Illinois Attorney General Kwame Raoul said a lawsuit challenging the Illinois Gun Dealer License Certification Act is “not ripe for judicial review” and should be dismissed because state police have yet to fully implement the act and that no part of the law has been used to stop dealers from doing business.
The attorney general responded Monday to a lawsuit in Sangamon County Circuit Court filed by several gun stores across the state and the Illinois State Rifle Association.
The association last month sued the state over the law, which requires federally licensed gun dealers in Illinois to get a state license in addition to a federal license. The association and several gun dealers from across the state said rules had not been approved and they didn’t know how much complying with those regulations would cost.
Just before the law went into effect, it was revealed around 1,200 federally licensed gun dealers in Illinois had not applied for a state license.
The association's lawsuit, in part, said the rules haven’t been filed and dealers were closing, or deciding to no longer operate in Illinois.
Illinois State Rifle Association Executive Director Richard Pearson said last week he looked forward to a hearing Sept. 5.
“All of the people in our lawsuit have never sold a gun to a wrong person, have never done anything wrong and yet they're being punished by the system,” Pearson said.
“There is an ongoing administrative rulemaking process in which administrative rules will be finalized and will give full effect to the provisions of the Act,” lawyers for the Attorney General’s office wrote in motion filed Monday seeking to have the case dismissed.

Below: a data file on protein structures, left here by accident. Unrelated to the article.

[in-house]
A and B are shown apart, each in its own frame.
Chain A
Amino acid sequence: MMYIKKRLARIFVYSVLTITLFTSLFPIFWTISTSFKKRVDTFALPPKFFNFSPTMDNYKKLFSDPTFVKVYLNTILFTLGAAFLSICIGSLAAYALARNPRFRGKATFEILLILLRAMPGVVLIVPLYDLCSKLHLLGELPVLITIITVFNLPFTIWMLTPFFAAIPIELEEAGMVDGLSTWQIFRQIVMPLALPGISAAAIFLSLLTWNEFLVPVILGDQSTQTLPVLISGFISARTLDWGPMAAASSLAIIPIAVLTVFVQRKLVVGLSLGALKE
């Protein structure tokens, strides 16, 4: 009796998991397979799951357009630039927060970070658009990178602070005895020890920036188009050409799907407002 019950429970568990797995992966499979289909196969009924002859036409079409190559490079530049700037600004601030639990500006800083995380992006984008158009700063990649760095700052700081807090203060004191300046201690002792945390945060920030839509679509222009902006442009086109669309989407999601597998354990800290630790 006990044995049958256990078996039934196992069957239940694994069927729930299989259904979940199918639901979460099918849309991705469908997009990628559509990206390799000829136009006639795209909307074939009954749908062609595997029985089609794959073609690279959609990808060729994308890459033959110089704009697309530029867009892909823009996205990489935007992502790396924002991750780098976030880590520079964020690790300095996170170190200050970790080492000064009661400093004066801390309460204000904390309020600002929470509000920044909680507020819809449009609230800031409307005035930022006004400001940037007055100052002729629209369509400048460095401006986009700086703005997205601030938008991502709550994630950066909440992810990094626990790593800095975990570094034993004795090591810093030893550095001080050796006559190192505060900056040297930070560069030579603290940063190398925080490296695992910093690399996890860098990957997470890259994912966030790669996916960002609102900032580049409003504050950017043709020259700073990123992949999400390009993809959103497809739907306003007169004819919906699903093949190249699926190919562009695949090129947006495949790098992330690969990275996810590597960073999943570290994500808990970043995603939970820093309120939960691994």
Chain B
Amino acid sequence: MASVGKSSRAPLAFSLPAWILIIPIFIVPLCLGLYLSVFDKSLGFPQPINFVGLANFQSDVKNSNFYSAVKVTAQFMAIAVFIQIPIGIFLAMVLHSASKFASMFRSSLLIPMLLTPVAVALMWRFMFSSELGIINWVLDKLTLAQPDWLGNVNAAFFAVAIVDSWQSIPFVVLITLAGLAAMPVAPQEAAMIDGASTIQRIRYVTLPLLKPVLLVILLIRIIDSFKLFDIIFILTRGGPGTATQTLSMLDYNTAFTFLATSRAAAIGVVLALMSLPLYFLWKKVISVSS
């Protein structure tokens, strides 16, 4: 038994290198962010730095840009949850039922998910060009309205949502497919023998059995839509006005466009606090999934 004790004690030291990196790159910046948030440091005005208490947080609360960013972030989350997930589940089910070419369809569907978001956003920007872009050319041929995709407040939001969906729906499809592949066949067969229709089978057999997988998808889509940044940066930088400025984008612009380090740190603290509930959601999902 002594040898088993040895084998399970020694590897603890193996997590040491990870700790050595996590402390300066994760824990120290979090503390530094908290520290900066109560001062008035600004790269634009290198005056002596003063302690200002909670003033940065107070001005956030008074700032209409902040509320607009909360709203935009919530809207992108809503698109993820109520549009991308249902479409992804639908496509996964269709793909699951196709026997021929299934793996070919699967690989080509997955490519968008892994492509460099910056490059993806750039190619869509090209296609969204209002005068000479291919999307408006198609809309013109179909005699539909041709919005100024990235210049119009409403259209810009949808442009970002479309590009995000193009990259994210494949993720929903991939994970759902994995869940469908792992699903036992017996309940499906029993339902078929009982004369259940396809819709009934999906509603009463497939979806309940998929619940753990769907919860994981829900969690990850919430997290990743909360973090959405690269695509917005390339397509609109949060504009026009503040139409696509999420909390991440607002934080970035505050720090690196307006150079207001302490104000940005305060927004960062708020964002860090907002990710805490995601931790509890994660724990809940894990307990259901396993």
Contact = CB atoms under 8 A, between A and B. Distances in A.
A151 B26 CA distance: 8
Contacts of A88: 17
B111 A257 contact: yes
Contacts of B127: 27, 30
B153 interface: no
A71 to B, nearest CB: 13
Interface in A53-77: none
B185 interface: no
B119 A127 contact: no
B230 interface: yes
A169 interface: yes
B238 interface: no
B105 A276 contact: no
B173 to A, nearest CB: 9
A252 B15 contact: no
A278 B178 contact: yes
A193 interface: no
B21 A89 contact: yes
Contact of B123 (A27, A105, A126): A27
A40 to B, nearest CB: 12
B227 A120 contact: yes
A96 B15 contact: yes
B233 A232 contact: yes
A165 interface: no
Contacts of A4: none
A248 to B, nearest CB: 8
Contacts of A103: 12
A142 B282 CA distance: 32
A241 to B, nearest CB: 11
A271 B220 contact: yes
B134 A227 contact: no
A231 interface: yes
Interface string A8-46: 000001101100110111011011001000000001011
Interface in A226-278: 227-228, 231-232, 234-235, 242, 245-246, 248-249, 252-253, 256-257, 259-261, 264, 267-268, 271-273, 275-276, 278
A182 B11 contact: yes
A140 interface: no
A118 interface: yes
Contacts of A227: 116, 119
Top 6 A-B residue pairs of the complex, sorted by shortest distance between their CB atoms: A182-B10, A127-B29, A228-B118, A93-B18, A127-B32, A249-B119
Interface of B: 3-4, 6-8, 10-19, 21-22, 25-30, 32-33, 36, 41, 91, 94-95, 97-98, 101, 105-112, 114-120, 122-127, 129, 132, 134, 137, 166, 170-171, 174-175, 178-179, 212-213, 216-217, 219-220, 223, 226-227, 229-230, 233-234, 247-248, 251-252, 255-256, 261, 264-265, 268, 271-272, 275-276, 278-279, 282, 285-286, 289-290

Proposed rules for the were filed by state police Aug. 6, according to documents attached to the response.
“The rulemaking process allows an opportunity for the public, including plaintiffs, to comment on the proposed administrative rules,” the state wrote in its motion. “[A]ny concerns regarding the alleged vagueness of the Act can be addressed in this process. Moreover, there are no allegations showing that defendants have taken any adverse action against any of the plaintiff firearms dealers.”
Illinois State Police Director Brendan Kelly said last week after the rules were filed that anyone who has applied for the license could operate. He said last week "we want to make sure this thing works."
"We want to make sure that the law that's been passed will be effective and that's why the process has been put in place the way it has been," Kelly said.
Some dealers don’t want to invest the $300 to $1,500 per business operating name to apply and comply with the new state mandates required on top of what’s required to get the federal firearms dealer license.
“[Gun dealers] may spend $20,000 on a security system for example and it might not work [for the state mandate] so they have to go spend another $20,000,” Pearson said.
State Rep. Blaine Whilhour, R-Beecher City said the law going into effect without rules last month “really put those [gun dealers] in limbo.”
“[Gun dealers] can’t get their permit but [the state] still want their money,” Wilhour said. “There is a lot of local gun dealers in my district that just threw up their hands and went out of business, but that’s exactly what they wanted in this bill. That was the agenda all along.”
Supporters of the measure said it was meant to put tighter controls on gun dealers to combat straw buyers or other illegal or illicit firearms trade activities.
The state’s response also argued the Illinois State Rifle Association lacked standing to file the suit, "because the participation of the particular firearms dealers is necessary, the Illinois State Rifle Association lacks associational standing to pursue an as-applied challenge on behalf of firearms dealers in Illinois.”
Gov. J.B. Prtizker signed the act earlier this year after a procedural hold kept it from going to former Gov. Bruce Rauner, who had promised to veto it.